Employee Suits Spring Up At Wal-Mart

August 9, 2001 (PLANSPONSOR.com) - The nation's largest employer suddenly finds itself at the center of a number of discrimination and harassment suits from a number of its workers and former workers.

In the most recent action a former employee has accused Wal-Mart of unfair labor practices.   The lawsuit, which seeks class-action status, alleges that employees were forced to work off the clock and denied overtime and seeks back pay for each hour they were required to work unpaid, including overtime.

It further charges that the Benton, Arkansas-based retailing giant underpaid employees, by keeping employees locked in the stores after they had clocked out, requiring that they continue working until assigned tasks were completed.

In addition to the above allegations, Maria Gamble, the plaintiff named in the case, charges that while she worked as a customer service manager for Wal-Mart, she was also required to attend uncompensated meetings and training and was denied overtime pay, meal and rest breaks.

Clock Work

Wal-Mart denies the allegations, maintaining that the group has a strict policy prohibiting employees from working off the clock. A spokesman for Wal-Mart noted that supervisors who violate this policy are subject to disciplinary action, including dismissal.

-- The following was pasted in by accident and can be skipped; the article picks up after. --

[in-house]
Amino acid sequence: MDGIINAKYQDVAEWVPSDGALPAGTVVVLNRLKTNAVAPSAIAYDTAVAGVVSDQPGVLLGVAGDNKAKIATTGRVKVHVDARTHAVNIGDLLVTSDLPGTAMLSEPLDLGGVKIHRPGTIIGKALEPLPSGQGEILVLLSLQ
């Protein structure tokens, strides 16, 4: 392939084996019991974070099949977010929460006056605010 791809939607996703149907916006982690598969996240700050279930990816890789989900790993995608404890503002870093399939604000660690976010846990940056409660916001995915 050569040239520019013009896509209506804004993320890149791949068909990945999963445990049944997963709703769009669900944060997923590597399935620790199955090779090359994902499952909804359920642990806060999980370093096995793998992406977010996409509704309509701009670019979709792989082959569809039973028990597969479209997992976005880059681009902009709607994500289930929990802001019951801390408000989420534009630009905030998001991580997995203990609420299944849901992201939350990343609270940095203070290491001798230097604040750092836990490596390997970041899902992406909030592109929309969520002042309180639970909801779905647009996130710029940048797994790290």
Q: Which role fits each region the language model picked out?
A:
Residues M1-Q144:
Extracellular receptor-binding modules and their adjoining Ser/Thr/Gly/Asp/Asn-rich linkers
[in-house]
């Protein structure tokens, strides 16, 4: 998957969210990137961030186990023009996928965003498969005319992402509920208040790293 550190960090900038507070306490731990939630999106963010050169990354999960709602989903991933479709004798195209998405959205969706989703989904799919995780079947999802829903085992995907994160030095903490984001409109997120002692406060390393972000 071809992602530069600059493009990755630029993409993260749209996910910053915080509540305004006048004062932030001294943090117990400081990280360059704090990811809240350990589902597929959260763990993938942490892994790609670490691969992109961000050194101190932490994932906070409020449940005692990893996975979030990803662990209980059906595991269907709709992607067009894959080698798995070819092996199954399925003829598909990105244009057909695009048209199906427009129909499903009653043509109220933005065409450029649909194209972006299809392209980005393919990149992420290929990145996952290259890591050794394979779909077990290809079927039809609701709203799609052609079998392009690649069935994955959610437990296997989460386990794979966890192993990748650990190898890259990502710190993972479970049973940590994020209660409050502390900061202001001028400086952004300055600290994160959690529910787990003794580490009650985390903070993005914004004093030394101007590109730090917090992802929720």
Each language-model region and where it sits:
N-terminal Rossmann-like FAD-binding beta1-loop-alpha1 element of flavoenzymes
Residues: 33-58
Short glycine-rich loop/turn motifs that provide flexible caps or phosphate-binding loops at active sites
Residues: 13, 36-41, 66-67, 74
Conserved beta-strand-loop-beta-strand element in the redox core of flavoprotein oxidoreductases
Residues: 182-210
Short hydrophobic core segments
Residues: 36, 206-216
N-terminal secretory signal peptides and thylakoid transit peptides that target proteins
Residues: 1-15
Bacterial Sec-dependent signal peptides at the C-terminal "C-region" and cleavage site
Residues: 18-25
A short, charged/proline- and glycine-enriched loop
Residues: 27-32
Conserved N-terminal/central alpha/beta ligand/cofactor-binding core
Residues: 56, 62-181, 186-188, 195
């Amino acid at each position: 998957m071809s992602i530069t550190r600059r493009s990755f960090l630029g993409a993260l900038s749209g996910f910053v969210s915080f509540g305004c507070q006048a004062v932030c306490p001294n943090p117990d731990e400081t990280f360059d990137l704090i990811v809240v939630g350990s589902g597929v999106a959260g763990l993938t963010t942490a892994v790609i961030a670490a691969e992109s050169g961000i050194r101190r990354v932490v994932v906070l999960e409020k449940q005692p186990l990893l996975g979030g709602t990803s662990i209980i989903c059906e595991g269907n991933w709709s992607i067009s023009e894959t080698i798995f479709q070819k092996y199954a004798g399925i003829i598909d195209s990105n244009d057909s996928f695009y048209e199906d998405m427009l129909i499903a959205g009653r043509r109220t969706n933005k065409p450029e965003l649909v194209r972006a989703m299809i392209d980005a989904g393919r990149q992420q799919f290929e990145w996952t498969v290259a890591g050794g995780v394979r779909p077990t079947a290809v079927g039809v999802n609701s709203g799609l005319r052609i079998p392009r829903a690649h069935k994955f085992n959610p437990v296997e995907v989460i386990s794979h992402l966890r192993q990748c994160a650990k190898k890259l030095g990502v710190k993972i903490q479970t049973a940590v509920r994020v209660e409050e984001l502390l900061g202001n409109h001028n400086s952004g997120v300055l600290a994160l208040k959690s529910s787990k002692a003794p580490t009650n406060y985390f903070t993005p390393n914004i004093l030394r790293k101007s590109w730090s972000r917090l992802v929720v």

Lawyers for the plaintiff claim that Wal-Mart managers pressure employees to complete assignments off the clock through intimidation, threats of discharge and demotion, adding that the retailer provides perverse incentives for managers to lower overhead costs, such as employee payroll, by offering financial compensation and bonuses.

But Wal-Mart counters that keeping costs low is a normal business practice that does not conflict with compensating employees for hours worked.

The suit was filed on behalf of about 20,000 current and past employees of 83 New York Wal-Mart and Sam’s Club stores, and is similar to cases against the company pending in 11 other states.

Case Load

The charges come on the heels of a suit filed yesterday by the US Equal Employment Opportunity Commission against the retailing giant under the Americans with Disabilities Act.

In that suit, the EEOC alleges that Wal-Mart discriminated against a job applicant, who uses a wheelchair, charging that the retailer refused to refused to hire or accept an application from James Bernard, of western Missouri, because of his disability